Titles for novels can cause authors much soul-searching. Ideally, we try to give potential readers clues about content, theme, style, and storyline. Not easy with so few words to play with. The best titles are revealed as obvious choices once a book’s been read, so this series is largely for those who’ve yet to read the books featured.
Why is this book titled ‘War Over Dust’?
‘War Over Dust’ is Book 2 of the trilogy ‘Generation Mars’, published by Fantastic Books Publishing. The series follows the Chosen, a group of genetically ‘enhanced’ people initially sent to Mars to colonise the planet as insurance against imminent human extinction due to the climate catastrophe under way as the first book opens. These people are designed to breed the ‘best’ possible humans.
Book 1 is set in 2074 and records the troubled history of the early settlement.
Book 2 begins some 500 Earth years later, with the original cast still in place, as a combination of AI and an expert in genetics has allowed GM to give them almost eternal life. As is the way with humanity, factions on Mars have developed and grown further apart. In the commercial settlement, comprising over 2.5 million individuals, the old values of profit before people continue, with all the unpleasantness that necessarily accompanies such beliefs. The smaller settlement, peopled by just over 350,000 of the Chosen and their offspring, is far more concerned with education, scientific exploration, and quality of life. Mars has been the ‘Red Planet’ for a long time and recent exploration has shown us its surface is singularly dusty. Although much development has taken place on the planet in the 500 years since it was first colonised, much of the surface remains as dust. In this second book war inevitably breaks out between the two colonies, mostly due to the greed and jealousy of the commercial sector. I wanted to expand on the idea that humanity’s wars have almost always been about the acquisition of land (Putin’s vile invasion of Ukraine is but the latest example of such greed from a man incapable of properly ruling the land he already controls). It seems those who’ve grabbed the most land always want more, even when it’s clear they cannot govern what they already have in any reasonable manner. And what could be more futile than to go to war over the acquisition of nothing more than dust? Hence, ‘War Over Dust’.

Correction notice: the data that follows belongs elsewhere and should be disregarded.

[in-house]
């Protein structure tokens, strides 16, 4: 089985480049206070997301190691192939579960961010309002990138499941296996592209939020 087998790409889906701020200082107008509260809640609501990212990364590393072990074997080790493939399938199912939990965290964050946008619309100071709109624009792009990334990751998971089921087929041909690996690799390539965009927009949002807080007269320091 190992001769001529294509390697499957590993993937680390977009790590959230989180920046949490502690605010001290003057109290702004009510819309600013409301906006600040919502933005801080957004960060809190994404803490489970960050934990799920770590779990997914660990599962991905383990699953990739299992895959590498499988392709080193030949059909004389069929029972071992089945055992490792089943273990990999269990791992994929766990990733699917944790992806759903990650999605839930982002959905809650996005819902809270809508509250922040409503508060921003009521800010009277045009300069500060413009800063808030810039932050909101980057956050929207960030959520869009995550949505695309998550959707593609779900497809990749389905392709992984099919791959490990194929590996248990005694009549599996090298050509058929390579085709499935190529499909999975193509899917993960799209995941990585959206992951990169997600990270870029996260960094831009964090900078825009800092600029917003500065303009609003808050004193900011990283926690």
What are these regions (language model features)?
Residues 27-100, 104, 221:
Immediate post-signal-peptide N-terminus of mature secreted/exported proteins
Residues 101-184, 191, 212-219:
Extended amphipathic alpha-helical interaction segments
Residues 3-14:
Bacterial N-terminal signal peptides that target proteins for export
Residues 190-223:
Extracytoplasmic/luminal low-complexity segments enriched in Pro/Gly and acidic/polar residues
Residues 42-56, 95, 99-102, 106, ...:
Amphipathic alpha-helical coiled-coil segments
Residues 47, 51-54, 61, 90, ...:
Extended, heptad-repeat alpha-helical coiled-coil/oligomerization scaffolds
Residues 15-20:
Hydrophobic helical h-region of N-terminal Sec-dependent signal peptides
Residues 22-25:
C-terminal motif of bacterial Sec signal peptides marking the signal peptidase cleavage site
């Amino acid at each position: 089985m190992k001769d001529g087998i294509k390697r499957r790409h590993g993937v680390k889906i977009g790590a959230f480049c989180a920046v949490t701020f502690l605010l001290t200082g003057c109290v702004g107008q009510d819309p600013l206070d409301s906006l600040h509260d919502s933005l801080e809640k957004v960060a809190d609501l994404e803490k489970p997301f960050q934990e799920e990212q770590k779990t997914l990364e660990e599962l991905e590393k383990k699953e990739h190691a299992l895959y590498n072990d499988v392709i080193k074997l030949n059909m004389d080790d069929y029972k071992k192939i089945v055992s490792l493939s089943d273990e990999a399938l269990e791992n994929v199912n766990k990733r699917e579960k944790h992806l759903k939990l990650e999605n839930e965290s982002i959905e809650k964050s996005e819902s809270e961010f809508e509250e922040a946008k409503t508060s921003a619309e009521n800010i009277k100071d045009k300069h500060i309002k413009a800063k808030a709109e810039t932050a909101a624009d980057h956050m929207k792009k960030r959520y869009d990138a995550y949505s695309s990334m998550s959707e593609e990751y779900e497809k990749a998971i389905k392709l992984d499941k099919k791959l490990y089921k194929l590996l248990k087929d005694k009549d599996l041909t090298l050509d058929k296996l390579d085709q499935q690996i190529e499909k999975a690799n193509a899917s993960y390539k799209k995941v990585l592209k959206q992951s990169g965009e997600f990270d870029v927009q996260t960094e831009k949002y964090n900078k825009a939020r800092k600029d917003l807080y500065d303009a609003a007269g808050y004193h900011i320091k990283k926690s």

If I’ve whetted your curiosity, you’ll find a little more detail here. But if you’re intrigued enough to plunge into reading the book straight away, you’ll find it here. Though I’d advise reading Book 1 first, as it’ll give you a deeper appreciation of the societies developed in Book 2. Enjoy! Oh, and if you do, please consider writing a brief review so other potential readers have an idea of what you think about it. Thank you.